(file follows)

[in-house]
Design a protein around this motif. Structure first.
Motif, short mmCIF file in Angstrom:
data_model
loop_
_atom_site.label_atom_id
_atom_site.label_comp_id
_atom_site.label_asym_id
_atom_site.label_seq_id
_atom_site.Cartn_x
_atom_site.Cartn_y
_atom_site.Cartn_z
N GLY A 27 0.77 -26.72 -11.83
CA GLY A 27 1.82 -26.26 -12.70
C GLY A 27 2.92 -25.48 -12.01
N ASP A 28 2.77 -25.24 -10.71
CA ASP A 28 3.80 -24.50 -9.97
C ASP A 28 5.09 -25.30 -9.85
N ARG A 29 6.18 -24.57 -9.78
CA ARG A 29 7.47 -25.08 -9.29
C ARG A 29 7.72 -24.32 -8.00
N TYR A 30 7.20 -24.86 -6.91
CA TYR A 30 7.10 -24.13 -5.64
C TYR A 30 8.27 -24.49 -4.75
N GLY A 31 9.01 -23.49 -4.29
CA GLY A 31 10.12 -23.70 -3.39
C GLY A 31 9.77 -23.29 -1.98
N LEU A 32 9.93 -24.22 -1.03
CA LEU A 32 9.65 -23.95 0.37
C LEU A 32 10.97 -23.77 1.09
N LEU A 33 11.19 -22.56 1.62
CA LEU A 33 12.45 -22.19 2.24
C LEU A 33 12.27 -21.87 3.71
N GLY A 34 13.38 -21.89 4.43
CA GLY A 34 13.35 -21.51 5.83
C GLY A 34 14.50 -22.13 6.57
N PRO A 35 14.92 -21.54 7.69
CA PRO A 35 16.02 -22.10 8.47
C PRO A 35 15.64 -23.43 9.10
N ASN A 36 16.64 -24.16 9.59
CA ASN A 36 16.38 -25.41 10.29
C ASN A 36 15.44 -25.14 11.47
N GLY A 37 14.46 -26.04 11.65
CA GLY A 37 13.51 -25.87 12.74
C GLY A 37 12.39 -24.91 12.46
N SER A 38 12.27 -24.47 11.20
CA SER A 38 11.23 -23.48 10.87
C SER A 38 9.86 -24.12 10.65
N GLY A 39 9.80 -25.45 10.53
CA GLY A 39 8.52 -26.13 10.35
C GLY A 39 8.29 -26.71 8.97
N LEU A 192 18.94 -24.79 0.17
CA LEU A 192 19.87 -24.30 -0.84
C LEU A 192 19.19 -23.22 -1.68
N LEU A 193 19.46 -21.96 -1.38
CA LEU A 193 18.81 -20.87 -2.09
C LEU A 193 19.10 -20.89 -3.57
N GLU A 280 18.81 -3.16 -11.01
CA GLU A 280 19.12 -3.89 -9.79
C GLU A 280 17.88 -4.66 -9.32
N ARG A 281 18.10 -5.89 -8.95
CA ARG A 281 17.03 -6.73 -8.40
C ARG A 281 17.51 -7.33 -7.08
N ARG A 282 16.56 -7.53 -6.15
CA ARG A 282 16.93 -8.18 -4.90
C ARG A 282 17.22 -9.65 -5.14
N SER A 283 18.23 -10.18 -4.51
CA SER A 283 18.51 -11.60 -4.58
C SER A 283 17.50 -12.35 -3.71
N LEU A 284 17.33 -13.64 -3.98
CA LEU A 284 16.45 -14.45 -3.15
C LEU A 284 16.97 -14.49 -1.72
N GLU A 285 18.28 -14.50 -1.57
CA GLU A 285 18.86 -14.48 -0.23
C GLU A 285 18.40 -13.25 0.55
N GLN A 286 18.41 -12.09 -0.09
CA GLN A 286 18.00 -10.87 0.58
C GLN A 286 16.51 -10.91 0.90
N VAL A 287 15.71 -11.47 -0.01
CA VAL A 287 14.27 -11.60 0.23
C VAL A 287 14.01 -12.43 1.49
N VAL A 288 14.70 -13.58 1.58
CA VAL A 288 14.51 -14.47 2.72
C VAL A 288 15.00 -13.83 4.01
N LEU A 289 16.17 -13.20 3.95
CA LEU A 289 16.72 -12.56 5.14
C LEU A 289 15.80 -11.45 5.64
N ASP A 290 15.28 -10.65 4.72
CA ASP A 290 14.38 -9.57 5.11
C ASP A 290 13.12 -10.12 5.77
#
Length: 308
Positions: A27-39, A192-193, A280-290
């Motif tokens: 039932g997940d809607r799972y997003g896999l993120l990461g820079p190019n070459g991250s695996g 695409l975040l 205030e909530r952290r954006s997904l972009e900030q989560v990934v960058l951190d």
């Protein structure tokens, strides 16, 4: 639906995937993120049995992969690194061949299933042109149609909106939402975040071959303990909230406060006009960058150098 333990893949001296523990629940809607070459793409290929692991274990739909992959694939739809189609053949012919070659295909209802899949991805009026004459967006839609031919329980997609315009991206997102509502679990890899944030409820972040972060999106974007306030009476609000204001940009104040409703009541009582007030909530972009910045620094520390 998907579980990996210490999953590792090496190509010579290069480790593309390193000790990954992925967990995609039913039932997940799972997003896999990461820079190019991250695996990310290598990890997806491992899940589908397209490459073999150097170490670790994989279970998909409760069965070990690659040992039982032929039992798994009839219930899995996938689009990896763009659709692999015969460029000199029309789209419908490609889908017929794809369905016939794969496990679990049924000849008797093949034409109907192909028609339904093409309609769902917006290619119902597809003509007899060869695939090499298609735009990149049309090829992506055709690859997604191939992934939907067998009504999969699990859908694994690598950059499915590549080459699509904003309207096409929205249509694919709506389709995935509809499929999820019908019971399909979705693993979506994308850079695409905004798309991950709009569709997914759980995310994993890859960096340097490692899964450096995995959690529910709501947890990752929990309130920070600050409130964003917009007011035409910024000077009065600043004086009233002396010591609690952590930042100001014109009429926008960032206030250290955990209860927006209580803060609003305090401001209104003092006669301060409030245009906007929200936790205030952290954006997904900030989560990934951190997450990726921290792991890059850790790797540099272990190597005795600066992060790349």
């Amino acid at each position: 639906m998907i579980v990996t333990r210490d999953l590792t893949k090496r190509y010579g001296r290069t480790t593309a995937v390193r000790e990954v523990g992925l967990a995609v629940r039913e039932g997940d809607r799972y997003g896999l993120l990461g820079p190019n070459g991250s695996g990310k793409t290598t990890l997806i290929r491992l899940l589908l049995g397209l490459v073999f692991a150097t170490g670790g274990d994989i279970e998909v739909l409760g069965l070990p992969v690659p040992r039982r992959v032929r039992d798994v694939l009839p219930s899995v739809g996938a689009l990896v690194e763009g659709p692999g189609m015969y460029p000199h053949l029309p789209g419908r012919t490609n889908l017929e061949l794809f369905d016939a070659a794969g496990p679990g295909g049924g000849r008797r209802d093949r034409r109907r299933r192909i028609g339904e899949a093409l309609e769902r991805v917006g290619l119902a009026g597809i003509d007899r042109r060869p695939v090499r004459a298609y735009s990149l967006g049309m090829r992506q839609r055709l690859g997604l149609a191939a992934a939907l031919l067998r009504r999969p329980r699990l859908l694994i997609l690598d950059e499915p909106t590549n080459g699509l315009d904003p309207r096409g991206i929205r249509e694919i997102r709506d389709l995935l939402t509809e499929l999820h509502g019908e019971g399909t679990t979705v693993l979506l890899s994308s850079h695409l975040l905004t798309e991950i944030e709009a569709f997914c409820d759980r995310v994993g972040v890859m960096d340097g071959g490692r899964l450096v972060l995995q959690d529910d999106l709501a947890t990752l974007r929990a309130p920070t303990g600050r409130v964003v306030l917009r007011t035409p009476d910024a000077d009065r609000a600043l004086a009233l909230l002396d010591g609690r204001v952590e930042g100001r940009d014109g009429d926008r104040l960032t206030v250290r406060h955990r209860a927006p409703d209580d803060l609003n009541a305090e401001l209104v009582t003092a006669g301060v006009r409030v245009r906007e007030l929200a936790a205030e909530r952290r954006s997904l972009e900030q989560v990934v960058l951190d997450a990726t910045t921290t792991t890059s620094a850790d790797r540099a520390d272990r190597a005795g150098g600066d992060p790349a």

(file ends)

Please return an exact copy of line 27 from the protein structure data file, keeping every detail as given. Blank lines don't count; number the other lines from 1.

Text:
C GLY A 31 9.77 -23.29 -1.98